What I learned from the lavish catering at Moms for Liberty's hate-filled conference

The Moms for Liberty conference offered a wide variety of liberal milks. Between small group sessions and speeches from the main stage in the Philadelphia Marriott ballroom, attendees had their choice to add oat, almond, or “ultra soy” milks to their caffeine at well-stocked coffee stations.


Citation Madeline Peltz / Media Matters

Not only were there multiple speciality milks, but for the price of $249 for a four day event, my colleague Olivia Little and I were fed an elaborate meal during all but one of the general sessions in the grand ballroom. The tables were decked out with white tablecloths, multiple sets of utensils, and floral centerpieces. It was like walking into a wedding reception three times a day.

Olivia at M4L

Citation Madeline Peltz / Media Matters

The elaborate veneer of the conference belies the ugly truth of what Moms for Liberty stands for. The group is a far-right “parental rights” organization made up of local chapters across the country. Moms For Liberty was recently labeled an extremist group by the Southern Poverty Law Center, and members have organized harassment campaigns, made violent threats against librarians, and repeatedly quoted Hitler. The group advocates for book banning in schools and backed bills targeting LGBTQ+ adults and children. 

Protesters gathered outside the conference all weekend, and their presence was felt. The welcome reception at the Museum of the American Revolution was tense and uneasy as a dance party featuring pro-LGBTQ signs collected outside, a scene that reemerged outside the Philadelphia Marriott throughout the weekend. The protests pervaded remarks at the conference – speakers repeatedly denigrated activists who opposed Moms for Liberty’s presence in their city, clearly uncomfortable with their presence. As someone who was screamed at multiple times as an undercover attendee – I can assure you it was not fun, and the city’s objection was palpable.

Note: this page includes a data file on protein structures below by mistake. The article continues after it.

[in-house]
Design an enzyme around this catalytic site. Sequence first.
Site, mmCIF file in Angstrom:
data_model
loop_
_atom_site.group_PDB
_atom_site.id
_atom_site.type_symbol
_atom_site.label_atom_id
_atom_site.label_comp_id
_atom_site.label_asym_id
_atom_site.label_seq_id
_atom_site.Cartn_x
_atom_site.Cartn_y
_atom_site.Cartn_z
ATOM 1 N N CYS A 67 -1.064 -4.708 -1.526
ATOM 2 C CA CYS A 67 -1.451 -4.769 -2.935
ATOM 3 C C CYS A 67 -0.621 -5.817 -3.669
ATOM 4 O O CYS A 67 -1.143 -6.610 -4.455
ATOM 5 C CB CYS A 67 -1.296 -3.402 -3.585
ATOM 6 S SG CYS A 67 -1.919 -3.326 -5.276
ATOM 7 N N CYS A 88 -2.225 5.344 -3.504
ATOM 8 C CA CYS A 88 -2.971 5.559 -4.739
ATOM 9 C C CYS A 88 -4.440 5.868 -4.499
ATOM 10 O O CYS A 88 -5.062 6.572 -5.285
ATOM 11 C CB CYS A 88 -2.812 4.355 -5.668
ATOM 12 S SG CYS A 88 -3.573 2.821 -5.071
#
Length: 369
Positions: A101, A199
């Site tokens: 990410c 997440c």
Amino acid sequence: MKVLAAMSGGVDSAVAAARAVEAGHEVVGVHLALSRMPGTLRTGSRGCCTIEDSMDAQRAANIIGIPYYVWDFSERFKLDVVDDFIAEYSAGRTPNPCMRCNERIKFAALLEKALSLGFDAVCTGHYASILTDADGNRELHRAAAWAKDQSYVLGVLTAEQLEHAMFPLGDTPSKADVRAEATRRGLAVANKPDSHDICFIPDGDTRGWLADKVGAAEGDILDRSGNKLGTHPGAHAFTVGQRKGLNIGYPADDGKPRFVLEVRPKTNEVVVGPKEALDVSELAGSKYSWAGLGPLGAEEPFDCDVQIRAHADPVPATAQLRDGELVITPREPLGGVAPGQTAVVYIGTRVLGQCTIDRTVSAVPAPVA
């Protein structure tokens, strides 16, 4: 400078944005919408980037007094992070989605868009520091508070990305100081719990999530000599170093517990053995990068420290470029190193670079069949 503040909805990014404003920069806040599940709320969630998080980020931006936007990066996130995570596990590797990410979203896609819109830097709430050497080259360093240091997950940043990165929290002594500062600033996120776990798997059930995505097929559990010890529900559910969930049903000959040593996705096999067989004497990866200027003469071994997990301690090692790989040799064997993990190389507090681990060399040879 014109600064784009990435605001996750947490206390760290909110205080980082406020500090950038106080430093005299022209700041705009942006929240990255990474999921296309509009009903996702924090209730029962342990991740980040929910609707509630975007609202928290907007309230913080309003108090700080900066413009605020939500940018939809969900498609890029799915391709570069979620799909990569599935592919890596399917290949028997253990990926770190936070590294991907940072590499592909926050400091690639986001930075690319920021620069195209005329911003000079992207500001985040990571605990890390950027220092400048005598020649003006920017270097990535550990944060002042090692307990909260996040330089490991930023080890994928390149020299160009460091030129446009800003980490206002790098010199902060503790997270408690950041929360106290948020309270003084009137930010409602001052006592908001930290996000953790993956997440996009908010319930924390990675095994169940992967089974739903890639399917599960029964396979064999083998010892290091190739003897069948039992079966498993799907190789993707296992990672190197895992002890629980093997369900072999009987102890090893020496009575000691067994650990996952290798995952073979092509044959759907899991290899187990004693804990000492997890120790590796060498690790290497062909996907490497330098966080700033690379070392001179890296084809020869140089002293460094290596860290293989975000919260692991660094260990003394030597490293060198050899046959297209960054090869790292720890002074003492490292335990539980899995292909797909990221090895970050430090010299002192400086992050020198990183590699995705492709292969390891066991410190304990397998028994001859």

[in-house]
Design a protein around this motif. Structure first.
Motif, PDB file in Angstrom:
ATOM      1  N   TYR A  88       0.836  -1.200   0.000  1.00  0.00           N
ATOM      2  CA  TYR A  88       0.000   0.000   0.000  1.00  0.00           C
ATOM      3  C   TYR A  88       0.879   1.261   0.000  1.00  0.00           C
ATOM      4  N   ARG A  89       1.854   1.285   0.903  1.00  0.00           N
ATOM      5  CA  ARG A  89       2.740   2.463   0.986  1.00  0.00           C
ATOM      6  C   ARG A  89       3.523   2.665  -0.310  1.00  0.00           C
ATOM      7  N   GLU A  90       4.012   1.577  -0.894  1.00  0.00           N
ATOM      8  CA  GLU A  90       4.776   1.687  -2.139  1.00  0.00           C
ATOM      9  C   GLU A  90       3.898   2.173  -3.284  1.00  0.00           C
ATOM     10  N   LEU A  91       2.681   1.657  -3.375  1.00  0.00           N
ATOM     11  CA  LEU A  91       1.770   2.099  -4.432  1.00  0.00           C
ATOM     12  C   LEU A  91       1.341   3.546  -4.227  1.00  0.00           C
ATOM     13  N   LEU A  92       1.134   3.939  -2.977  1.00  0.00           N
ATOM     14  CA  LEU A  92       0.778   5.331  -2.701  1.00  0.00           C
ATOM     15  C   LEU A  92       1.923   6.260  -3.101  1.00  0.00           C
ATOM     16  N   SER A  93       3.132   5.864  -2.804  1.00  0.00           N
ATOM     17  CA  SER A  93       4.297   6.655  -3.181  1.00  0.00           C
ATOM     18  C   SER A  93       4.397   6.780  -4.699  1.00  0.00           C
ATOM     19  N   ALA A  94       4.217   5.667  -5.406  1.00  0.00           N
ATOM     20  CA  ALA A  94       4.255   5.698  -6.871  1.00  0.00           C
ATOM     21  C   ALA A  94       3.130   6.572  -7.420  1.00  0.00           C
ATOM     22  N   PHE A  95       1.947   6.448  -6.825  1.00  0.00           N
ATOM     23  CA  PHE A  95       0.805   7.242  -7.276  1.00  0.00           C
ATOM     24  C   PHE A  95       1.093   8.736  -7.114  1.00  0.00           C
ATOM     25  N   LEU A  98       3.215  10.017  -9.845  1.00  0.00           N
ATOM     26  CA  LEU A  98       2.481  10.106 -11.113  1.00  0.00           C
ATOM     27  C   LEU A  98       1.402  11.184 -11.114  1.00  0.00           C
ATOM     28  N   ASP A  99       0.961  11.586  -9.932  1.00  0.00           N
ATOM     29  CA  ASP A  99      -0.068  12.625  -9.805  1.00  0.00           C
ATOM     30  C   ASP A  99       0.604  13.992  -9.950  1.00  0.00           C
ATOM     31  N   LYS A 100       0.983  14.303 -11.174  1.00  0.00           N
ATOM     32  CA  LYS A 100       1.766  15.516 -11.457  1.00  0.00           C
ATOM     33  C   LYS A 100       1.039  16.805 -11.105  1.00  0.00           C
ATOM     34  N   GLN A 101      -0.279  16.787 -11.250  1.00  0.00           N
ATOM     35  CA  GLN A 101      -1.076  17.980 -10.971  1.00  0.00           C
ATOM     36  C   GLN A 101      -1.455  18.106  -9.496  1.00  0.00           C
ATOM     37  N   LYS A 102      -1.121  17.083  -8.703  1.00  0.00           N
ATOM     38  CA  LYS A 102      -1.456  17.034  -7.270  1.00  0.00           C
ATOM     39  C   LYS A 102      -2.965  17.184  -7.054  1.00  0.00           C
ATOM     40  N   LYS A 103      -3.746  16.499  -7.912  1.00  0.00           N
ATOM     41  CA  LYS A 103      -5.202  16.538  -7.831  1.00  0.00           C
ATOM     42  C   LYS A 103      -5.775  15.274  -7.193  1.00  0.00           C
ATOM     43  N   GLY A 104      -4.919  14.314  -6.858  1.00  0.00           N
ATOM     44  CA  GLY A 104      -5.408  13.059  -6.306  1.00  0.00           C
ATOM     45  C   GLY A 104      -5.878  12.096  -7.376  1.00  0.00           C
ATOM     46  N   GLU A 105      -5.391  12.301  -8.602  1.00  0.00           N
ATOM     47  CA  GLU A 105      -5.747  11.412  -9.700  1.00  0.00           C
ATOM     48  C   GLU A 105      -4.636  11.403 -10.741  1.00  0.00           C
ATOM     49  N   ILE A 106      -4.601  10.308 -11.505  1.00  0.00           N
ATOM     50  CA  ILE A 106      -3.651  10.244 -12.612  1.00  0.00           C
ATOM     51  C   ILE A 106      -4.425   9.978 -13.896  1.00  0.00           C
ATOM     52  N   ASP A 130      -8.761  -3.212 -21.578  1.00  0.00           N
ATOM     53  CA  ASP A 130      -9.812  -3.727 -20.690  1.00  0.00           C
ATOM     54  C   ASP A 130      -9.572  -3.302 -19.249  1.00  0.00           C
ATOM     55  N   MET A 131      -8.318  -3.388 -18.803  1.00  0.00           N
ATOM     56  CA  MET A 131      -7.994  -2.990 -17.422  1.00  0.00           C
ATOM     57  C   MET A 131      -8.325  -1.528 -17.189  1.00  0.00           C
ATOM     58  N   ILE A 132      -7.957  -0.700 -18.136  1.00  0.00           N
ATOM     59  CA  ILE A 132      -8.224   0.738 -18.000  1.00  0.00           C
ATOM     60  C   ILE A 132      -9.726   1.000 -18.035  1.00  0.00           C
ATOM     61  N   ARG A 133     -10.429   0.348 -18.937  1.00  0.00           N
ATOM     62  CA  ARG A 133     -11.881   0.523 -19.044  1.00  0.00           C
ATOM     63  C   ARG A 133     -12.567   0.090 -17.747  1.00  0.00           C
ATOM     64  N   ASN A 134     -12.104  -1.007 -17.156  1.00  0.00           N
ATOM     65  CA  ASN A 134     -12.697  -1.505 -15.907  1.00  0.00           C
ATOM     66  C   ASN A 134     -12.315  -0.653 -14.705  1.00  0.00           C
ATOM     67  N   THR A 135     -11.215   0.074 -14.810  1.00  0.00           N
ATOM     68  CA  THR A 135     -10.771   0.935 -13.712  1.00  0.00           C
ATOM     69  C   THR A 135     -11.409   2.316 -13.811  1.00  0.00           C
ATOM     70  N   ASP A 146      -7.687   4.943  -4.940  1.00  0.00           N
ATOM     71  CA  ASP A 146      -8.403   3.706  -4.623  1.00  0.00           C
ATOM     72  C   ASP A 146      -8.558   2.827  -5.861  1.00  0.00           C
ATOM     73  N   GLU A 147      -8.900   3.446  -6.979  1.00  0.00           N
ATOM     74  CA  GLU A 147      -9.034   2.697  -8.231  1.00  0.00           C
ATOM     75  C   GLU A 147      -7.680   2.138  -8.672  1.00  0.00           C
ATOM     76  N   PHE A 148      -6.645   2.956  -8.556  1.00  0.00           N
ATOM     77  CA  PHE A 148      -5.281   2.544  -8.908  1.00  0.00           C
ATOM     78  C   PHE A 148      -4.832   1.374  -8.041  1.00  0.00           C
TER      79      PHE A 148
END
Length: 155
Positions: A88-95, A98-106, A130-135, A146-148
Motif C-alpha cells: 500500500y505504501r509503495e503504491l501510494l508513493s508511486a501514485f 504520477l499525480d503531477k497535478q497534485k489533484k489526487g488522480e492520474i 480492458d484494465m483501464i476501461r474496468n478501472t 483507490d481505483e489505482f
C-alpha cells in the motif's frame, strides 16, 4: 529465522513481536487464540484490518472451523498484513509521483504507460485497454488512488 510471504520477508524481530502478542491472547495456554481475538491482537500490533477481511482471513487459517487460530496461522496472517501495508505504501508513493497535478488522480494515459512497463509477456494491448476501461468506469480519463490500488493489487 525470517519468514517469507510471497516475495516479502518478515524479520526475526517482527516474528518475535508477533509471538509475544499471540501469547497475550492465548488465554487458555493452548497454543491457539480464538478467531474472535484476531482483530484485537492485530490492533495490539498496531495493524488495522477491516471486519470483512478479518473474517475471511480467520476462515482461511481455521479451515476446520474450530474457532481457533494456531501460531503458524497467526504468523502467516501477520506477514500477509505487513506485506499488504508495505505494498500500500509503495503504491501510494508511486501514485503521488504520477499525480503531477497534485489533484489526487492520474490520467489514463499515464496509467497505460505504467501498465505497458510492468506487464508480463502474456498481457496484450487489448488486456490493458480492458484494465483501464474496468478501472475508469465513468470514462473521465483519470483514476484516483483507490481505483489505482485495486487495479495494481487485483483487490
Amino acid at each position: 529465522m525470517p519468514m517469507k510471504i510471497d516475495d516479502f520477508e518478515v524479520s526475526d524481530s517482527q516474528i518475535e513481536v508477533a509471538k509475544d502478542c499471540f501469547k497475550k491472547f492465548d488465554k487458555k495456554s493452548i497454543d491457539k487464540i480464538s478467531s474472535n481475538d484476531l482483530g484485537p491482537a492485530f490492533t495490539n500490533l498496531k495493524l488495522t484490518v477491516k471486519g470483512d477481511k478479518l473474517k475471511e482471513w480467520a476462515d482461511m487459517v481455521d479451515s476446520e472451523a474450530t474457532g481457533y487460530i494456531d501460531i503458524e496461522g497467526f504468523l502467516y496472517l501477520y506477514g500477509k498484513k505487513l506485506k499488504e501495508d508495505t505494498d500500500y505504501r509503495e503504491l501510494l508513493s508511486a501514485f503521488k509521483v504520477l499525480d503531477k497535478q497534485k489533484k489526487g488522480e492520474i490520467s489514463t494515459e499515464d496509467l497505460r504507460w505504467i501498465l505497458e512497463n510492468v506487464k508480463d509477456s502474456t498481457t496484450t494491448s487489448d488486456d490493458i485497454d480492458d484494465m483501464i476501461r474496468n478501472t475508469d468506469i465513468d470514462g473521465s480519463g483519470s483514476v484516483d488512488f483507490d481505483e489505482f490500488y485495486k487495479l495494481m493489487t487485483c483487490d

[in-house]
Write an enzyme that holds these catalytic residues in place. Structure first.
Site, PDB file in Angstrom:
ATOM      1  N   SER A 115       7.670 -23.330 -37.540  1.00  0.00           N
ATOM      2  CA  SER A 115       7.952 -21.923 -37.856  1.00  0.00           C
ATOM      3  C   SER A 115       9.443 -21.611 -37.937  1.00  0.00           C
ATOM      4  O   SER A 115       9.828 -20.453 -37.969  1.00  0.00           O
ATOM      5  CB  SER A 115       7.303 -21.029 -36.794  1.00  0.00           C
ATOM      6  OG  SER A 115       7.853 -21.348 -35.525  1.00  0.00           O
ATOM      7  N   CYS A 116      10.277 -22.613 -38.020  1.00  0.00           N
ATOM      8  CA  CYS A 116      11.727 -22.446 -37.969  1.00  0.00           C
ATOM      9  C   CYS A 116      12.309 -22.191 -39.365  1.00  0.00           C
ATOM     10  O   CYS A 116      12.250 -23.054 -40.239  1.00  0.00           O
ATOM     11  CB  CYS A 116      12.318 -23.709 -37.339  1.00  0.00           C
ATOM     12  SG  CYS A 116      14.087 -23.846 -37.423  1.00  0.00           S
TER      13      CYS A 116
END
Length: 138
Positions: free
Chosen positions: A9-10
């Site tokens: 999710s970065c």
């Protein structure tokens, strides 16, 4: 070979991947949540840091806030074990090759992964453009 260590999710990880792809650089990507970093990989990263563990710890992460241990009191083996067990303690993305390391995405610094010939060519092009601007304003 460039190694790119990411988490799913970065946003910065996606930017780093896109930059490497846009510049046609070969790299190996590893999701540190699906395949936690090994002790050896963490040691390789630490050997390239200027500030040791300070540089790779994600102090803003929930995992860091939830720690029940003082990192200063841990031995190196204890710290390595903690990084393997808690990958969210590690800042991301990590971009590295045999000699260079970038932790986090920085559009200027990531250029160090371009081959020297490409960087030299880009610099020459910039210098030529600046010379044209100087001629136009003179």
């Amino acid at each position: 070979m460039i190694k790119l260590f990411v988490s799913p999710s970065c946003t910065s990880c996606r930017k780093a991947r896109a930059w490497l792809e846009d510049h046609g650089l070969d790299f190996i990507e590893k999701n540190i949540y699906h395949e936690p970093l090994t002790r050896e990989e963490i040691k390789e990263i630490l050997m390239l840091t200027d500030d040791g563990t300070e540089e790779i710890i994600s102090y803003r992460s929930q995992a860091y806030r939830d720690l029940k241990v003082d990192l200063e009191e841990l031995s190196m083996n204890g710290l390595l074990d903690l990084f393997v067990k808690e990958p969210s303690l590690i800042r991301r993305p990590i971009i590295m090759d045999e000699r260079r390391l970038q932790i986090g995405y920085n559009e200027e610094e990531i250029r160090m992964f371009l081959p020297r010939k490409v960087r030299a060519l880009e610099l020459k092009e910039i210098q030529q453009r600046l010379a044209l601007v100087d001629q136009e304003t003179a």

Olivia’s report has the full rundown on the conspiracy-addled conference. Inside breakout “strategy sessions”, one speaker claimed that social-emotional learning curriculum is a backhanded plot to “replace parents” and gather data on children in order to manipulate them. Another suggested that the Center for Disease Control is trying to install puberty blockers “without the barrier of parental permissions.” Attending these sessions felt like a fever dream and I desperately swiped through the games on my phone to numb myself.   As the weekend went on — and boy, did it feel like it would never end — I couldn’t stop thinking about how much they must have spent on food. At one point, I showed up for lunch, and the table was set with a salad topped with chicken at every place, despite the fact that Olivia and I were the only people sitting there. It was a massive waste.

Moms for Liberty first tried to feed me at the welcome reception. Unfortunately, I don’t have pictures because I did yet not expect that my dispatch would revolve around catering, but the offerings were bizarre to the point of raising serious questions about what process went into developing the menu. Scattered throughout the museum were stations offering three options – chicken satay, Philly cheesesteaks with no cheese (so mini-Italian beef sandwiches without giardiniera), and cold macaroni salad. Waiters passed trays throughout the event, including tiny ice cream cones that I wanted to try but never were offered to me, alongside something that looked like mini beef patties on a cracker with a gummy egg on top. I did not eat this. 

Thinking about how much the conference cost to put on is simply depressing, but eventually I settled into my surroundings and started expecting to be catered to. When they didn’t feed us dinner at the session featuring former President Donald Trump, I was downright offended, not only because I was hungry, but also on behalf of the catering staff, who for some inexplicable reason were required to stand around the perimeter of the room for the entire session.

 Instead of dinner during Trump’s speech, which started late and ran late, they served us a charcuterie board and teatime desserts. The charcuterie featured salami and a dry aged meat that I think was supposed to be capicola, an unnecessarily large bowl of whole grain mustard that I did not touch and could not understand why there was so much of it, three types of cheese that all tasted pretty much the same, a bunch of grapes, and a tiny square of honeycomb that appeared inedible.